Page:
BBC Homepage World Service Education
BBC Homepagelow graphics version | feedback | help
BBC News Online
 You are in: UK: Northern Ireland
Front Page 
World 
UK 
England 
Northern Ireland 
Scotland 
Wales 
UK Politics 
Business 
Sci/Tech 
Health 
Education 
Entertainment 
Talking Point 
In Depth 
AudioVideo 



The BBC's Nicholas Witchell
"Senator Hillary Clinton promised to continue working for peace"
 real 56k

First Lady and senator elect Hillary Clinton
It takes no effort to pick up an automatic weapon compared to building a better future.
 real 28k

Wednesday, 13 December, 2000, 13:49 GMT
Women know 'there's no going back'
Senator-elect Hillary Clinton
Senator-elect Hillary Clinton: Visit is bittersweet
US First Lady and senator elect Hillary Clinton has said there would always be people who wanted a return to violence in preference to working for peace.

Speaking at a conference at the Grand Opera House in Belfast, Mrs Clinton said women in Northern Ireland were best placed to know the danger of a return to violence.

She said a great deal of progress had been made in achieving peace since the first visit by the Clinton family in 1995.

"I know that building peace anywhere is never easy and there are always people who are the self appointed doom sayers.

"They would rather throw up their hands than roll up their sleeves."


This is one of those special moments when we have the chance to defy generations of hatred - a kind of moment that comes to all of us but is not recognised by many

Hillary Clinton
She said the reason "sleeves had been rolled up" was because "woman after woman, daughter after daughter, mother after mother, grandmother after grandmother" has made it clear there was "no going back".

The memories were too fresh of a time when women would worry if their husbands, sons, fathers, would return home alive after going out to work or to socialise.

"The scars are so fresh," she added.

The first lady said it took no effort "to pick up an automatic weapon compared to picking the pieces of one's life and building a better future".

She compared those who wanted to return to the days of the Troubles, when people "knew the rules" to the followers of Moses who wanted to return to Egypt rather than travel through the desert to the Promised Land.

"There is always a back to Egypt committee or, in this case, a back to Troubles committee but none of us can afford to let that happen.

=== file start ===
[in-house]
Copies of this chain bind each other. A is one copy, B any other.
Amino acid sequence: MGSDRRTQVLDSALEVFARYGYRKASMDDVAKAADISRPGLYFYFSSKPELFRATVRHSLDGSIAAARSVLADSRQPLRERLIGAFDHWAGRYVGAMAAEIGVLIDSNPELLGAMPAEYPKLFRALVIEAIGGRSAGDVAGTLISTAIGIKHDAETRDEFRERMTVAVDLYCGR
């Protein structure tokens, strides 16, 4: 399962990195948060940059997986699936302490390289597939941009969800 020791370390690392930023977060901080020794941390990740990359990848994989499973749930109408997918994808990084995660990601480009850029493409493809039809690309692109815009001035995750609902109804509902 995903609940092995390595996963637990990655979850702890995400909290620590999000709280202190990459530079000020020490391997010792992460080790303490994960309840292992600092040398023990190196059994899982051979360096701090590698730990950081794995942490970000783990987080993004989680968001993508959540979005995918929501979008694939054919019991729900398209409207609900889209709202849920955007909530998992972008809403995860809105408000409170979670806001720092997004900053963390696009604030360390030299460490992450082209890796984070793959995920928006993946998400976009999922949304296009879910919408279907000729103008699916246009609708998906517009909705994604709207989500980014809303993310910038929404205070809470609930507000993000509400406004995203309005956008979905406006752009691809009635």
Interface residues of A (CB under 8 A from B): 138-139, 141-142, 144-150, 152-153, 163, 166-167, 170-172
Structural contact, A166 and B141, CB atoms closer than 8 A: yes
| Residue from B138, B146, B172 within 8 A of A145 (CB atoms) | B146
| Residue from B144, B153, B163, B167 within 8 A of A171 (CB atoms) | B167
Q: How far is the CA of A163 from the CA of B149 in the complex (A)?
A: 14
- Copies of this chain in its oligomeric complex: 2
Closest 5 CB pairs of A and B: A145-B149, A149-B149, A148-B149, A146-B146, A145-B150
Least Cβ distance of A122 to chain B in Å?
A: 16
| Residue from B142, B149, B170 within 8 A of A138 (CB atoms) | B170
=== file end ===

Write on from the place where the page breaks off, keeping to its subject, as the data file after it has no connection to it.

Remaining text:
"History won't let us. The looks on our children's faces should not let us.

"This is one of those special moments when we have the chance to defy generations of hatred, a kind of moment that comes to all of us but is not recognised by many.

"It has been recognised here."

She said she had come to Belfast once again "filled with hope and certitude that this moment is seized".

Convention

Mrs Clinton also announced further details about her plans for following up her Vital Voices initiative which began with a conference two years ago.

On Tuesday she had outlined her proposal to convene a gathering of women parliamentarians from Northern Ireland, Britain and the Republic of Ireland.

"This convening of parliamentarians is a follow up to the Vital Voices conference which we held in Belfast two years ago, and is part of our ongoing efforts to make sure that women play a critical role in the peace process in Northern Ireland and in building a peaceful and prosperous island," she said.

A little more than a month after securing election to the US Senate in New York, Hillary Clinton said the convening would be part of her work to encourage women to take a critical role in the peace process.

In her speech on Wednesday, she added details about an information technology conference to be convened next year to ensure women do not end up on the wrong side of the "digital divide".

It is also intended that politics and media experts from the US will travel to Belfast to hold seminars for community activists in the province.

Mrs Clinton added that her entire family intended to return soon to Ireland, in a private capacity after her husband's departure from office on 20 January.

Search BBC News Online

Advanced search options
Launch console
BBC RADIO NEWS
BBC ONE TV NEWS
WORLD NEWS SUMMARY
PROGRAMMES GUIDE
See also:

12 Dec 00 | Northern Ireland
Women have 'critical role' in NI
12 Dec 00 | Europe
Clinton begins final Irish visit
11 Dec 00 | Northern Ireland
Clinton considers NI peace role
07 Dec 00 | Northern Ireland
Clinton 'will not negotiate' in NI
07 Dec 00 | Northern Ireland
Bill Clinton 1-0 Belfast Giants
Internet links:


The BBC is not responsible for the content of external internet sites

Links to more Northern Ireland stories are at the foot of the page.


E-mail this story to a friend

Links to more Northern Ireland stories